In the face of modern business, the role of the CMH agents is utterly unique. They work together, trading spaces on the helicopter to make it work better for the guests, doing promotions together, and established agents help newcomers learn to work most efficiently. Competition is real, because there are a limited number of seats, and yet everyone works with the philosophy that what is good for one is good for all. CMH Heliskiing is now represented in 21 different countries.
The family of agencies globally representing CMH Heliskiing continues to grow globally and both new and veteran peddlers of heliskiing in Canada are fiercely proud of their service connecting people to the world's greatest skiing. The annual CMH agent’s meeting, often held at one of CMH's remote heliskiing lodges, is as much of a family reunion as a business meeting - yet the agents account for nearly half of CMH business. At the meeting, pranks are rampant, the party ends only for the skiing, and even those who are retired sometimes come back for the annual meeting.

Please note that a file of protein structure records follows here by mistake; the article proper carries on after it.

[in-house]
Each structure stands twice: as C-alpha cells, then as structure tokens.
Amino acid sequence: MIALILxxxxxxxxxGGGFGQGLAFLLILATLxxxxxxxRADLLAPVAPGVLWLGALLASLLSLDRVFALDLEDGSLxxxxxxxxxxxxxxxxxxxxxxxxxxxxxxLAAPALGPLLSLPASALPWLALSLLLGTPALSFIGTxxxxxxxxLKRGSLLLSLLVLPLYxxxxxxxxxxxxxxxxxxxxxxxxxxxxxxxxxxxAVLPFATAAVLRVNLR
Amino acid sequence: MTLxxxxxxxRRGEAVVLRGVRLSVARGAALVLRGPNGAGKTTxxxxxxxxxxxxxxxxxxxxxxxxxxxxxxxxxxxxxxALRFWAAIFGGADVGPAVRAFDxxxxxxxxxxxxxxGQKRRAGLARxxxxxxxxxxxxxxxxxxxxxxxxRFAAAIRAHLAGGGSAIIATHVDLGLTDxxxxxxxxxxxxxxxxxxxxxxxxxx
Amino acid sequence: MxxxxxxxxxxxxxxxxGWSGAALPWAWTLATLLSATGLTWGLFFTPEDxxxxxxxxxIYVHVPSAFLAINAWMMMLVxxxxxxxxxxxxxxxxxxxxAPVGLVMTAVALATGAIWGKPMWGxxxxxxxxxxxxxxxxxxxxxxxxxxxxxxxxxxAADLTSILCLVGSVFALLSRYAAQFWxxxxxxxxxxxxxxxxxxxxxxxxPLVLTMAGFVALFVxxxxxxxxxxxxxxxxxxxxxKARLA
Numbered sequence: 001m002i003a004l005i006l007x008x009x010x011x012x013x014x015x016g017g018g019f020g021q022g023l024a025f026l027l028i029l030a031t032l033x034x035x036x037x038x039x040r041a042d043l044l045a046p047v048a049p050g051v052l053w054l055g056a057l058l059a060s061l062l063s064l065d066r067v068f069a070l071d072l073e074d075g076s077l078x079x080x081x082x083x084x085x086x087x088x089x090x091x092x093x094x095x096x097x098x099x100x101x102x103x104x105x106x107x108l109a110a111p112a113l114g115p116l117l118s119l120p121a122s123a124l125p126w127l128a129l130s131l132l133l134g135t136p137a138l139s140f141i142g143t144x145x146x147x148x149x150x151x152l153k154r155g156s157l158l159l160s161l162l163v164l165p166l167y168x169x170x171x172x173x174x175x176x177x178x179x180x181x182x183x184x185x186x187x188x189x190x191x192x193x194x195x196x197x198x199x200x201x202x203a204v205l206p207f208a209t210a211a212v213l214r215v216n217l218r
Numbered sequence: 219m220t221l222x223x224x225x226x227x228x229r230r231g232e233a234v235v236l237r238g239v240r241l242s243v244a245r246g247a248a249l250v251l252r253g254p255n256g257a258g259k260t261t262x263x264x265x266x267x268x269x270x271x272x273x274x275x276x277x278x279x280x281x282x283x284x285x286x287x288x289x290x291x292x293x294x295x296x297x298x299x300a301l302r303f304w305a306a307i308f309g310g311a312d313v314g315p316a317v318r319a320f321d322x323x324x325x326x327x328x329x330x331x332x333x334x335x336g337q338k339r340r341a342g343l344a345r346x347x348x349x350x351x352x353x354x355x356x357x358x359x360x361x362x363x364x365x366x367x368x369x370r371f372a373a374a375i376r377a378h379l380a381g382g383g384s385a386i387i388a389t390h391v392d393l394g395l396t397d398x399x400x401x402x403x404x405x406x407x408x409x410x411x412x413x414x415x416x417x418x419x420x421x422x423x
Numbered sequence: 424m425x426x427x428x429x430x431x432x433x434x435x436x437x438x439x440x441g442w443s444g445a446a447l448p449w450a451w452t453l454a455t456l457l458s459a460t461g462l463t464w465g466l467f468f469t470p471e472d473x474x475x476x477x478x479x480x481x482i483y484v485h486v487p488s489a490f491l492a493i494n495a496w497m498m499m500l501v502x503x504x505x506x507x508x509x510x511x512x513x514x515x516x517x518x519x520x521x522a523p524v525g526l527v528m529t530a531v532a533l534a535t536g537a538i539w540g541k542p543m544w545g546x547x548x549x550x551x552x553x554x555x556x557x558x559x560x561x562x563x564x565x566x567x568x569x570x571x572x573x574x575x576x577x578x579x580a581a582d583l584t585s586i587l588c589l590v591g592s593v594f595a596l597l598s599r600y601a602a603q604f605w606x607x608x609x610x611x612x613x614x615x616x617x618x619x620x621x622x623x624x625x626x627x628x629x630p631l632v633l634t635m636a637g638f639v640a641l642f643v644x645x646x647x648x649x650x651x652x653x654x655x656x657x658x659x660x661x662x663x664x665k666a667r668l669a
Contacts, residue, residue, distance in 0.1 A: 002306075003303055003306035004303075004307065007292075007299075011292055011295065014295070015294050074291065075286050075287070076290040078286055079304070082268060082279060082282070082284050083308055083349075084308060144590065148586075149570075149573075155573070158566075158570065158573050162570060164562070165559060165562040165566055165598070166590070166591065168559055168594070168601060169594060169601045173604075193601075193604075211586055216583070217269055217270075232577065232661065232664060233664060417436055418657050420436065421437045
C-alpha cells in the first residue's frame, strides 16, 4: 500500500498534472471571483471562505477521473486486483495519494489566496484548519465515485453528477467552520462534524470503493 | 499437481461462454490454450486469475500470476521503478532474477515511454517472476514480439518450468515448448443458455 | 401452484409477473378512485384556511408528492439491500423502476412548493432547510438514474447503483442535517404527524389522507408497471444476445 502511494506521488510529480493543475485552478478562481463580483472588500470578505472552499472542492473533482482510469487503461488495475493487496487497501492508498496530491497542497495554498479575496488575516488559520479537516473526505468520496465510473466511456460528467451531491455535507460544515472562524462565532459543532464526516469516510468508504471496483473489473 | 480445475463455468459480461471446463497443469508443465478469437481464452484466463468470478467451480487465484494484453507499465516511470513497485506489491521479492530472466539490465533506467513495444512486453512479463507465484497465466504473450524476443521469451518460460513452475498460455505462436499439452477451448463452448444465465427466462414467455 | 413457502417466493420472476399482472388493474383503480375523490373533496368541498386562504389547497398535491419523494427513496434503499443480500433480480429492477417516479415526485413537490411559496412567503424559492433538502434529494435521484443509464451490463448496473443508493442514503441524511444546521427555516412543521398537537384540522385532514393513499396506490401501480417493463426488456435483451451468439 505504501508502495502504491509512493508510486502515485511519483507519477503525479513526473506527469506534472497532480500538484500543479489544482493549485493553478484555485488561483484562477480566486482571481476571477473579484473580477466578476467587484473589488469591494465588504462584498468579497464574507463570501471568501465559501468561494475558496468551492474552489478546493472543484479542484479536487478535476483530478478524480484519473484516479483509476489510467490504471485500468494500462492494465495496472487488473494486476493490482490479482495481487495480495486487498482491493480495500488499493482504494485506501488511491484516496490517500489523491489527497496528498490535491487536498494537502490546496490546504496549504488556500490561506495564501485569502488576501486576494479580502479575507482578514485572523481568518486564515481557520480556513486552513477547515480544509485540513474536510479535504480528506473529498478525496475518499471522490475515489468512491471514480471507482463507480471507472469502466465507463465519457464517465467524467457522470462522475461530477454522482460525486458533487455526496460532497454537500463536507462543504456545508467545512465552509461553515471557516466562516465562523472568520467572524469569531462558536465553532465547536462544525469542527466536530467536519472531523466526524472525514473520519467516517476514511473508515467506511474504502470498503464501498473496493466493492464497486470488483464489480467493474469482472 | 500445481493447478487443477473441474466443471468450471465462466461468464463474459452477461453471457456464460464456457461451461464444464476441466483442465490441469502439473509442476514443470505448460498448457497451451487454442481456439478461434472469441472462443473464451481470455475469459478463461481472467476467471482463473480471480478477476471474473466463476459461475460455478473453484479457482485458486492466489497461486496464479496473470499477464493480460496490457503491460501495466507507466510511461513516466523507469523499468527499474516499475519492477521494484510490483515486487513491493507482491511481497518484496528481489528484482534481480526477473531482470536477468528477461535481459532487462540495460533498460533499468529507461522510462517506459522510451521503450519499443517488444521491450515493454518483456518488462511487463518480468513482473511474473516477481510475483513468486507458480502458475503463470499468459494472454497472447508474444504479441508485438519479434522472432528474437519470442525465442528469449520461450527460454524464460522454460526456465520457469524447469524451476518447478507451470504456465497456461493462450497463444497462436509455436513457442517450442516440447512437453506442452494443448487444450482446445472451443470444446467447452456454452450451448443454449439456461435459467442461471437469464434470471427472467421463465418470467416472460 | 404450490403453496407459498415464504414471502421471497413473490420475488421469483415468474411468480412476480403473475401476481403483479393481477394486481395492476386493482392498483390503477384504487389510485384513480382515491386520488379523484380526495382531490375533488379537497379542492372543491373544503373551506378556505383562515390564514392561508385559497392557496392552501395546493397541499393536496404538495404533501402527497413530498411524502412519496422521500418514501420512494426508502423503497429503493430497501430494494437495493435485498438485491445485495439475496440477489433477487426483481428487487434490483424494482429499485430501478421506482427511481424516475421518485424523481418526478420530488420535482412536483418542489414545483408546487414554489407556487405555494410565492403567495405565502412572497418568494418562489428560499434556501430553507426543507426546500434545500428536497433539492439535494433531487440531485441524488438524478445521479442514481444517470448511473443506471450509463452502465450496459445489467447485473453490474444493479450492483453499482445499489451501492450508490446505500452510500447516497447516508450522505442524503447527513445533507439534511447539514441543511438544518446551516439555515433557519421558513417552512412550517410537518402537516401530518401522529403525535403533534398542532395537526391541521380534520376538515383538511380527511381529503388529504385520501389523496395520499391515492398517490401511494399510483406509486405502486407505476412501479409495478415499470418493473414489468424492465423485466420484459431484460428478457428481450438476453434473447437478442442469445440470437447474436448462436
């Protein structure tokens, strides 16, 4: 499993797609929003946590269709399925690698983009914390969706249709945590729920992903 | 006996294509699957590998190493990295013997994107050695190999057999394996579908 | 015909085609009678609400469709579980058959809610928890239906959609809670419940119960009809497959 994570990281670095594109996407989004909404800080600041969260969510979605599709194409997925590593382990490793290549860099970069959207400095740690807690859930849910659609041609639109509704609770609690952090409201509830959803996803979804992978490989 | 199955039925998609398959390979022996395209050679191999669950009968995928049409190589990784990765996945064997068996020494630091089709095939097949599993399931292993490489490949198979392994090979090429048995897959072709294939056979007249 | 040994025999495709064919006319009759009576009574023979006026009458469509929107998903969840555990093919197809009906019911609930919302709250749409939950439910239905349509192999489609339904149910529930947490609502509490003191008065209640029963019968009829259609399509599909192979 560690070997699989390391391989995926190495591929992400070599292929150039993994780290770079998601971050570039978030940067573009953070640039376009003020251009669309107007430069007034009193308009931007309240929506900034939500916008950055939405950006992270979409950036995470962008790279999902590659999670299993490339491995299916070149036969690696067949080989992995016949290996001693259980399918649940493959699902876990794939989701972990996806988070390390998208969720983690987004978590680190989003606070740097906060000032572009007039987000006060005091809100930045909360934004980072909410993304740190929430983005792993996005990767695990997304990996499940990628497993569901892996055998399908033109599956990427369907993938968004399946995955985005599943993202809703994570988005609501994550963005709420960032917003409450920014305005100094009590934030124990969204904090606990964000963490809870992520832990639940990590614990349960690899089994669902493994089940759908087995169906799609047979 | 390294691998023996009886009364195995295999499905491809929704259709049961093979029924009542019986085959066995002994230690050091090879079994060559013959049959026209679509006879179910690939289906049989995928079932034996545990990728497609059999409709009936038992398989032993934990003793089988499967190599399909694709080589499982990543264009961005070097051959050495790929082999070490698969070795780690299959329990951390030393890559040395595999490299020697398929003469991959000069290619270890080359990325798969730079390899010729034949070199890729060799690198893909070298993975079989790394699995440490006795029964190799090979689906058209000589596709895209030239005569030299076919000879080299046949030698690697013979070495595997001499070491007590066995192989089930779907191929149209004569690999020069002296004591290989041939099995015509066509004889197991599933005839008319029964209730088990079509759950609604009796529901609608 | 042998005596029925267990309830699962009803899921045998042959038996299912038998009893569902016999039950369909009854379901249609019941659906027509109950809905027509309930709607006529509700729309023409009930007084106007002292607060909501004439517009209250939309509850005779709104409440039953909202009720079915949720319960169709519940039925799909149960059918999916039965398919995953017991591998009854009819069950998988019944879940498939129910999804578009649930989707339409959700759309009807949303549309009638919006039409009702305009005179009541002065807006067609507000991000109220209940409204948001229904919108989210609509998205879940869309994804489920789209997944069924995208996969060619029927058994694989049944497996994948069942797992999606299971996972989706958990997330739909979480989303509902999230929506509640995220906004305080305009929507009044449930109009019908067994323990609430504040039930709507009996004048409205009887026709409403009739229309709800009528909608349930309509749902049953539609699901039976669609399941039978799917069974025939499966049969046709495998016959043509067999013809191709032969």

CMH’s relationship with its agents is a direct result of Hans and Mark’s way of doing business through interpersonal trust and commitment, more like a climbing or skiing partner than a cold, hard business deal. Their vision is alive and well today. By welcoming others to be part of their project, the agents return to their home countries and sell heli-skiing as if they own the company.